Next week sees a high-profile head-to-head between two of the leading voices on microfinance. In a debate hosted by the United States Agency for International Development (USAID) in Washinton D.C. on Monday, 30 January at 9:00 a.m./14:00 GMT/15:00 CET, David Roodman (Center for Global Development, USA) and Milford Bateman (University of Pula, Croatia) will have alot to discuss.
(P.S. See also below for information about a debate at Harvard University on 2nd February with Guy Stuart.)
The past few years have been particularly turbulent, with a succession of microfinance crises, growing overindebtedness, borrower suicides, disappointing impact findings, and a prize-winning Norwegian documentary contributing to Muhammad Yunus being removed from office as head of Grameen Bank.
The two debaters have met in the past. Bateman first brought a critique of microfinance into the mainstream with his 2010 book, which Roodman heavily criticised. Roodman has made a name for himself as a prolific and insightful blogger with the open book blog he kept while writing the book he recently published.
Whether Roodman’s book (endorsed by Muhammad Yunus) is anything as “impertinent” as it claims to be; what to think of Bateman’s musings about the “end of microfinance?”; and why the best evidence of microfinance’s impact on poverty still is “zero”, will be questions likely affecting the debate as much as the official debate question (which USAID succeeded in making so overwhelmingly dull I fear it may even scare off Washington development brass):
“If microfinance has not achieved its objective in substantially reducing poverty, what are the pathways to financial inclusion that will contribute to this objective?”
Suggestions were solicited from the public in advance. While I have no idea whether it was a realistic shot, I also submitted one (or three); certainly not the greatest question(s) ever, but at least fairly controversial, interesting and debatable, I thought:
“First, why is microfinance assumed to be effective until proven ineffective? Second, what could constitute proof of it being ineffective; or when does an absence of evidence begin to imply absence of impact? Third, if we are concerned for the poor, shouldn’t we stop lending to them [except to a small test populations] until it can be reliably established that microfinance helps the poor instead of having no impact, and therefore being a waste of time and effort, or worse yet, harming them?”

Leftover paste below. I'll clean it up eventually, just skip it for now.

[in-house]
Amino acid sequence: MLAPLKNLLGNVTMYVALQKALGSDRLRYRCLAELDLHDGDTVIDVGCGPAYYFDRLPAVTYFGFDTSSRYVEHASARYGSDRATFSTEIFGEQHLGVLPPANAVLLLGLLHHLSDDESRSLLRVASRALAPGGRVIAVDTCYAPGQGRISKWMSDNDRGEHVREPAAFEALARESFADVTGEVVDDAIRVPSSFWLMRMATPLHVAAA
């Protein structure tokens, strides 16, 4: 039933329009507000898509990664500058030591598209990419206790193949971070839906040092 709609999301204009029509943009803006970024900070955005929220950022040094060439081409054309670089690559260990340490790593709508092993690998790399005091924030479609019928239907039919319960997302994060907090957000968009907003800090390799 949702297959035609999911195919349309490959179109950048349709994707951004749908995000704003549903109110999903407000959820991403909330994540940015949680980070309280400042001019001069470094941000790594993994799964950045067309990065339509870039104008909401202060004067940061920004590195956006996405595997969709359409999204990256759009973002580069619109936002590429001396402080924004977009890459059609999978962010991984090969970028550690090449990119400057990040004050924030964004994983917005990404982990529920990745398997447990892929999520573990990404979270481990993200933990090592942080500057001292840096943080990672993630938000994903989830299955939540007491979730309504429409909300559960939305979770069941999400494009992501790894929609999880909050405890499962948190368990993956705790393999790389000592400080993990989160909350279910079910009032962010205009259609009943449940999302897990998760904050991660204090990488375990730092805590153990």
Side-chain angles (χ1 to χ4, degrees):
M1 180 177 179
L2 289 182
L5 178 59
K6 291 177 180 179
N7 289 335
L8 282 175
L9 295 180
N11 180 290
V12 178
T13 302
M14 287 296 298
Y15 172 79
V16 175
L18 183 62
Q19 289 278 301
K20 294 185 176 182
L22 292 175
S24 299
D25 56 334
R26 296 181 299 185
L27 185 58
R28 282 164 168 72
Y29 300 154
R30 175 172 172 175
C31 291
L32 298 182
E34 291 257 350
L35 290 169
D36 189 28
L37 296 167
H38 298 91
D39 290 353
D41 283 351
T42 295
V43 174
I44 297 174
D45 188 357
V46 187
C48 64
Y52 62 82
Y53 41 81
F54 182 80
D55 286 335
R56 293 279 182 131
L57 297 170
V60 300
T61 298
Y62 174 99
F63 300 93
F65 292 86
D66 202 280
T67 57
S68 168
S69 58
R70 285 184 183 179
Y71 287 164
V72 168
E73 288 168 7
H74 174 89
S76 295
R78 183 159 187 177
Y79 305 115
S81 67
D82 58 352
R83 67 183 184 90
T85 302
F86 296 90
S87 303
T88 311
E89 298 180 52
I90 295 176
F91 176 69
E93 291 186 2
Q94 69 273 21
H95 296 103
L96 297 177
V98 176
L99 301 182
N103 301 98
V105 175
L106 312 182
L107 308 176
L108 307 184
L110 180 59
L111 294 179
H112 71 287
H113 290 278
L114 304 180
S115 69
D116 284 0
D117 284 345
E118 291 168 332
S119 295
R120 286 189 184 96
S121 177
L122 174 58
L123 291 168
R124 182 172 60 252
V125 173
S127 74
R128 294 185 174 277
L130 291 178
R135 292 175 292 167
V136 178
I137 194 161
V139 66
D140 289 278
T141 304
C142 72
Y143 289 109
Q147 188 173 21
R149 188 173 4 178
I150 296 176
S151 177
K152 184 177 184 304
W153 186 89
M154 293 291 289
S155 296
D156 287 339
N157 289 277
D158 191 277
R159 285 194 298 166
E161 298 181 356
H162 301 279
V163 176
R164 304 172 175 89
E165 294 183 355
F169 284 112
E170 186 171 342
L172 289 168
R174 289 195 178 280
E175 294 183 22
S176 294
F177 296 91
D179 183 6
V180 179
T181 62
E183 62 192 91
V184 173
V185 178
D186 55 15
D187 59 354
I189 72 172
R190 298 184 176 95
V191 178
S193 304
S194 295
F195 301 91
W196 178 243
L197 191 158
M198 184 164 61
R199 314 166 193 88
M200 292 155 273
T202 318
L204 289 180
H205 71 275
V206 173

Sadly: rejected. I know of at least two other very interesting submissions which just disappeared. Somehow the organisers managed to drop these options and reduce the choice to six questions which (to me) appear six ways of phrasing three questions (after filtering out the aid newspeak):
- What does microfinance do?
- Can we do what microfinance does, any cheaper?
- Can we rename “microfinance” “financial inclusion” without anybody noticing?
Out of these options came the final question. Well, perhaps it was more audience participation than USAID could handle. But no hard feelings. I have no doubt that – moderated by Chuck Waterfield of MicroFinance Transparency – the two argumentative and well-informed panelists will have a lively and open-minded debate which will focus on the questions which currently matter, above all what to make of the persistent lack of evidence for positive impacts of microfinance.
Just in case you won’t happen to be in Washington D.C. on Monday, USAID conveniently offer the option of signing up for a webinar which should allow you to follow the debate live.
P.S. (26 Jan 2012): Another debate, hosted by the Boston Microfinance Club and Harvard Business School will be held on Thursday, 2 February at 6:30 p.m. in the Harvard Business School, Aldrich 107. Milford Bateman and Guy Stuart discuss the far more straightforward question “Does Microfinance Work?”.
This looks to be a highly interesting debate thanks to the participation of Dr. Stuart, who runs an excellent course on microfinance at the Harvard Kennedy School (which I was personally allowed to ascertain last year) and has been conducting insightful research on microfinance, not just microcredit, using financial diaries kept by clients in Africa.